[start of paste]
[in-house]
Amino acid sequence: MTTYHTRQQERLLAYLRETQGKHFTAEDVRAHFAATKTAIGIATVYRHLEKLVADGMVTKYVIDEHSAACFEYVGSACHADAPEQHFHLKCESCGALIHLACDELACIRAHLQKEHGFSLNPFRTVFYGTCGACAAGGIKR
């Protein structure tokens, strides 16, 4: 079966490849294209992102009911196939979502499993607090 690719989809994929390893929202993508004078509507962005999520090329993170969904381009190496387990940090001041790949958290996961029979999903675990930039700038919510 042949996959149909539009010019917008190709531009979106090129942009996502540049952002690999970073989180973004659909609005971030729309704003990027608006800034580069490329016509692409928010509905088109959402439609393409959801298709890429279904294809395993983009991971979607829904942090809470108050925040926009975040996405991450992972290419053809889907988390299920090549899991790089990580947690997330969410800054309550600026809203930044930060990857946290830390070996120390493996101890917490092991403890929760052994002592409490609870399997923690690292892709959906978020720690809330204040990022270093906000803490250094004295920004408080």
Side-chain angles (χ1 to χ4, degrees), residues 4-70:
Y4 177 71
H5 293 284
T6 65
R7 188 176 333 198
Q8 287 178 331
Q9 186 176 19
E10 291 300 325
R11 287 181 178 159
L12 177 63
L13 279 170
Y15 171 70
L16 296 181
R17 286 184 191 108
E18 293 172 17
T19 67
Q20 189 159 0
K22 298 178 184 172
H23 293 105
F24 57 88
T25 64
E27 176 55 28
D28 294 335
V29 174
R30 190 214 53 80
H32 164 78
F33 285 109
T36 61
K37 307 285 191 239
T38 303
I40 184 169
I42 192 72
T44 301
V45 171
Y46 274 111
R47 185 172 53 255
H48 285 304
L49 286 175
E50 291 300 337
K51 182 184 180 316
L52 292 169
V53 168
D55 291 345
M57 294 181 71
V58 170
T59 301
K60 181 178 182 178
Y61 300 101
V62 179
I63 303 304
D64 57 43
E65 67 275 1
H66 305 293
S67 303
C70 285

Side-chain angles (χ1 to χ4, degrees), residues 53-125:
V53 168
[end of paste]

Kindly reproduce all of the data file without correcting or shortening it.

[in-house]
Amino acid sequence: MTTYHTRQQERLLAYLRETQGKHFTAEDVRAHFAATKTAIGIATVYRHLEKLVADGMVTKYVIDEHSAACFEYVGSACHADAPEQHFHLKCESCGALIHLACDELACIRAHLQKEHGFSLNPFRTVFYGTCGACAAGGIKR
């Protein structure tokens, strides 16, 4: 079966490849294209992102009911196939979502499993607090 690719989809994929390893929202993508004078509507962005999520090329993170969904381009190496387990940090001041790949958290996961029979999903675990930039700038919510 042949996959149909539009010019917008190709531009979106090129942009996502540049952002690999970073989180973004659909609005971030729309704003990027608006800034580069490329016509692409928010509905088109959402439609393409959801298709890429279904294809395993983009991971979607829904942090809470108050925040926009975040996405991450992972290419053809889907988390299920090549899991790089990580947690997330969410800054309550600026809203930044930060990857946290830390070996120390493996101890917490092991403890929760052994002592409490609870399997923690690292892709959906978020720690809330204040990022270093906000803490250094004295920004408080």
Side-chain angles (χ1 to χ4, degrees), residues 4-70:
Y4 177 71
H5 293 284
T6 65
R7 188 176 333 198
Q8 287 178 331
Q9 186 176 19
E10 291 300 325
R11 287 181 178 159
L12 177 63
L13 279 170
Y15 171 70
L16 296 181
R17 286 184 191 108
E18 293 172 17
T19 67
Q20 189 159 0
K22 298 178 184 172
H23 293 105
F24 57 88
T25 64
E27 176 55 28
D28 294 335
V29 174
R30 190 214 53 80
H32 164 78
F33 285 109
T36 61
K37 307 285 191 239
T38 303
I40 184 169
I42 192 72
T44 301
V45 171
Y46 274 111
R47 185 172 53 255
H48 285 304
L49 286 175
E50 291 300 337
K51 182 184 180 316
L52 292 169
V53 168
D55 291 345
M57 294 181 71
V58 170
T59 301
K60 181 178 182 178
Y61 300 101
V62 179
I63 303 304
D64 57 43
E65 67 275 1
H66 305 293
S67 303
C70 285

Side-chain angles (χ1 to χ4, degrees), residues 53-125:
V53 168